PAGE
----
The company announced plans Friday that it believes will help with some recent. The plans include a $1 billion loan and the possible sale of Sprint's Yellow Pages publishing division.
Among the other money Sprint is counting on this year is the $300 million it paid the Federal Communications Commission in rights to wireless spectrum. But the cash--and the airwaves--has been tied up in litigation ever since.
The U.S. Supreme Court is expected to make a ruling on Monday that would effectively end the court case. If Sprint loses, it would finally get the money returned, said Sprint spokesman Mark Bonavia.
But what if it wins? Bonavia wouldn't comment.
Verizon Wireless is also part of the litigation and will see a significantly higher amount of money in legal limbo suddenly cut loose depending on how the court rules. Spokesman Jim Gerace said the carrier has already filed a lawsuit to get the money back anyway, separate from the upcoming court actions.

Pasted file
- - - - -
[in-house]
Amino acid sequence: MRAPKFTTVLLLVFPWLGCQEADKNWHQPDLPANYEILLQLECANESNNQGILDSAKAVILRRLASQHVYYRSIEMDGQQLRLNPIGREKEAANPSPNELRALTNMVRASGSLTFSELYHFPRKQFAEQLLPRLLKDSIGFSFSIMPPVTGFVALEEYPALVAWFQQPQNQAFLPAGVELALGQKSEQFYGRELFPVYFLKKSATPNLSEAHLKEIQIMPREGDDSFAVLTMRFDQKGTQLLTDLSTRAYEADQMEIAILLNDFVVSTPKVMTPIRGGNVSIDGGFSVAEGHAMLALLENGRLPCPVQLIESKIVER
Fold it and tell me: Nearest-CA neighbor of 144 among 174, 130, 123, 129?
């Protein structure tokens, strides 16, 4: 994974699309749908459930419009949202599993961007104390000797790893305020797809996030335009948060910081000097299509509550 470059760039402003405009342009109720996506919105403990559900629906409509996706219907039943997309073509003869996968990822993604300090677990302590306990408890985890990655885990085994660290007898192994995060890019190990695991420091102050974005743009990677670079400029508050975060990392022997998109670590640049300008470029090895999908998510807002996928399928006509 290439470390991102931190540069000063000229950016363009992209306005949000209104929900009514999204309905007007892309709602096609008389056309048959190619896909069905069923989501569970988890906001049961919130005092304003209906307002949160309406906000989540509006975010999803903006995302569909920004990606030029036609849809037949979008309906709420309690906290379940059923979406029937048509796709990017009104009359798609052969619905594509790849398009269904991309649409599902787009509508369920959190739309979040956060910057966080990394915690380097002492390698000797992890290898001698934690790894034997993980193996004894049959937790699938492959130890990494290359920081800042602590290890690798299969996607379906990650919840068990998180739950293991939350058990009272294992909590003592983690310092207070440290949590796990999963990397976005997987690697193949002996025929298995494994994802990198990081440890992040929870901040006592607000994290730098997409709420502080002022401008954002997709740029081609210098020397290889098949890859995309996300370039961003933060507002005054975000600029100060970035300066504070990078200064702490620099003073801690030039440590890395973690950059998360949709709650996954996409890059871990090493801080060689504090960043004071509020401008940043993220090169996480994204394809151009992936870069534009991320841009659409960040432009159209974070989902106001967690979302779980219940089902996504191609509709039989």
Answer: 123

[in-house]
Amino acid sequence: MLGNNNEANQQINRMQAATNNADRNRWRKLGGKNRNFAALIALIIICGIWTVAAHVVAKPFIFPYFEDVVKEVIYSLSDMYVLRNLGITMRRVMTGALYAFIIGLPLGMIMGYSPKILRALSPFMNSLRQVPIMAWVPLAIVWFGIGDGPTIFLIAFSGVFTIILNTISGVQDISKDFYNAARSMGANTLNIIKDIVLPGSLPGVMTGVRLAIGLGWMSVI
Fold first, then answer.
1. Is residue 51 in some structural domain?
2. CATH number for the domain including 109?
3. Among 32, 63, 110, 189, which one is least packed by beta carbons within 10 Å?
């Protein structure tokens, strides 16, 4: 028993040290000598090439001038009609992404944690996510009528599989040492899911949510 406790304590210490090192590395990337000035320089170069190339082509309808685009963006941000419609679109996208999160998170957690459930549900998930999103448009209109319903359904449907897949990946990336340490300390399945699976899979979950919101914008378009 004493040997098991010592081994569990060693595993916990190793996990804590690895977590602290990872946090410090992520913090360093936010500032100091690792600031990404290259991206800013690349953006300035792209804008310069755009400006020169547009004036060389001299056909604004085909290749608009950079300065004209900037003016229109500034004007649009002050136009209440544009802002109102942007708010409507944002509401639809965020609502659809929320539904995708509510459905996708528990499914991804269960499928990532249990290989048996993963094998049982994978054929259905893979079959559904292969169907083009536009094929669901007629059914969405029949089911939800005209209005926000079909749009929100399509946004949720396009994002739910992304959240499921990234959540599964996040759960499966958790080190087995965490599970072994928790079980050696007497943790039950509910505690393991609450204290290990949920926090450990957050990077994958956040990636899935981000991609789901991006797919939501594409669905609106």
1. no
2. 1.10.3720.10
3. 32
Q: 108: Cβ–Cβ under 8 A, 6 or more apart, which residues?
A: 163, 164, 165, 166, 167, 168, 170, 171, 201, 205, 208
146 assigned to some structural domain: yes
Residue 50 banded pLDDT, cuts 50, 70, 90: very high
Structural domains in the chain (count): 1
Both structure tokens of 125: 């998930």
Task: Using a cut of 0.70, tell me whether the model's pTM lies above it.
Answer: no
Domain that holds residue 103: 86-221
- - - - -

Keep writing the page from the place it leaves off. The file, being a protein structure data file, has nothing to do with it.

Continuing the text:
The court battle is between the FCC and NextWave Communications, a New York-based company that bought licenses to expensive airwave spectrum in 1996 for about $4.7 billion. It paid $500 million before entering bankruptcy protection in 1998.
The FCC tried to re-auction the licenses last year after the company failed to pay for them on time, but the U.S. Court of Appeals for the District of Columbia ruled last June that repossessing the licenses was a violation of bankruptcy law.
The U.S. Supreme Court is expected to make a ruling Monday on whether or not it will hear the case. If it decides not to, NextWave would be able to keep its licenses to the airwave spectrum.